BY HAMZA AMEER
Islamabad, Oct 21 (IANS) “Pakistan has slipped into a debt trap due to the governments failure to bring reforms and weak fiscal management, which has also raised national security concerns” — this startling claim has been made by a report by the Institute of Policy Reforms (IPR), a think-tank run by a senior leader of Pakistans ruling party, the Pakistan Tehreek-e-Insaf (PTI).
In a brief report published by the IPR titled “Pakistan’s debt and debt servicing is cause of concern”, the reasons behind the consistently crippling economy and towering debts and liabilities have been discussed in details, while the government has been criticised for weak economic management.
“We are in a debt trap that is entirely of our own making. It is a risk to our national security,” the IPR report said.
“The government was borrowing to repay the maturing debt, which now seems to be a concern for all the political parties, businessmen and experts,” the report added.
Interestingly, the IPR is run by senior PTI leader and former Commerce Minister Humayum Akhtar Khan, whose report seems to be taking a strong crack at its own ruling government led by Prime Minister Imran Khan.
The report states that Pakistan added a total of Rs 4.3 trillion to its debts and liabilities in the fiscal year 2019-20 only, which was equal to 10.4 per cent of the country’s gross domestic product (GDP).
“In two years, total debt and liabilities have grown by a massive 14.7 trillion,” the report said.
“This shows weak fiscal management as well an inability to stimulate growth in the productive sectors. It also reflects a failure to make the necessary reforms in the key sectors of energy and power,” the report added.
Further elaborating the dire condition of the country’s economy, the report stated that Pakistan’s total debt and liabilities stood at 107 per cent of GDP or Rs 44.5 trillion while gross public debt was equal to at least 87 per cent of GDP during the last fiscal that ended June 2020.
“Domestic debt has grown at an equal pace and external debt has also grown in US dollars,” the report stated.
While the IPR report put bare the Imran khan government’s failure to put financial reforms that would help decrease the country’s debt, the Ministry of Finance has insisted that public debt management has improved in the last fiscal, blaming the previous government for leaving behind a pile of debt, which impacted the cost of debt servicing.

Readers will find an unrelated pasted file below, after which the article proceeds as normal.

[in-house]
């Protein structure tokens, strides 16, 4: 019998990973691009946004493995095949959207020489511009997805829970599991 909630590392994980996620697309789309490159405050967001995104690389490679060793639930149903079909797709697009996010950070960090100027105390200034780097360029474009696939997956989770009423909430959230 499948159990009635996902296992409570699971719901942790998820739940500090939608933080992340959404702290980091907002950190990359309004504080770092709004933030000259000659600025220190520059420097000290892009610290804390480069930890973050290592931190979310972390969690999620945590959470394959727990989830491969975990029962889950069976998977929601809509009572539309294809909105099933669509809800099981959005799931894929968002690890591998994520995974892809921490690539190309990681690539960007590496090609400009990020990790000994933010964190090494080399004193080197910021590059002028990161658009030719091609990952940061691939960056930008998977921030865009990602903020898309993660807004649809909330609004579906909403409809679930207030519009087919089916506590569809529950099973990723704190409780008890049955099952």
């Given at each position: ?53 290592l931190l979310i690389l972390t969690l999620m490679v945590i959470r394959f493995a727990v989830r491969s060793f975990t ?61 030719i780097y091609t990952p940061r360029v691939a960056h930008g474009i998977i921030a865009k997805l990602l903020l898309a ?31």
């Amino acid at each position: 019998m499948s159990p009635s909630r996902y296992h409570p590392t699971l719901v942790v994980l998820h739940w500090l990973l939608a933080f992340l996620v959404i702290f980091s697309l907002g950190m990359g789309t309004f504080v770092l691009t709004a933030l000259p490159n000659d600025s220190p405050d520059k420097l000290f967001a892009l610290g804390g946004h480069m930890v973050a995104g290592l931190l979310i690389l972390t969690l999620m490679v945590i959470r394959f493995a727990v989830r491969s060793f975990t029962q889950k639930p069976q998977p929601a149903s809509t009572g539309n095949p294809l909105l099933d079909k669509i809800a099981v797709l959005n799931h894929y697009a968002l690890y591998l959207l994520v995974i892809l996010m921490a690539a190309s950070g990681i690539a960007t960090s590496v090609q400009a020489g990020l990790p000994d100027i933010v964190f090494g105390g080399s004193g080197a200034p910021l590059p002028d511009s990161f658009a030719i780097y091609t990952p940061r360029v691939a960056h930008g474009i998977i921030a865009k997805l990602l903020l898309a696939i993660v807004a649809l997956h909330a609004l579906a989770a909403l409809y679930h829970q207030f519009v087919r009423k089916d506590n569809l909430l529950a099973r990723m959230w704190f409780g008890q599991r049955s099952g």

But the IPR report refused to agree to the government’s claims and maintained that policies of entities like the central bank defy economic logic.
“High discount rate, with no apparent economic logic, slowed down the economy, and with it the tax revenue,” it said.
“Despite increase in power tariff, revenue collection by distribution companies did not improve. Consequently, in addition to government borrowings, public sector entities’ (PSEs) debt also increased.
“The PTI government has increased power tariffs by more than half in the past almost two years and yet the circular debt has touched the new historic high of Rs 2.4 trillion. The International Monetary Fund is again demanding an increase in power tariffs as part of its solutions to the power sector problems,” the IPR report added.
Pakistan’s external debt and liabilities have swollen from $95 billion in 2018 to about $113 billion by end of the last fiscal, a worrisome addition of $17.8 billion to the total external debt and liabilities in two years only.
The IPR report expressed serious concerns over the increasing borrowings of the Imran Khan-led government.
“As the debt is used mostly to balance the payments and budgetary support, there is no way of knowing how it would be paid back, which is also a sign of digging deeper into the debt trap,” maintained the IPR report.
BY HAMZA AMEER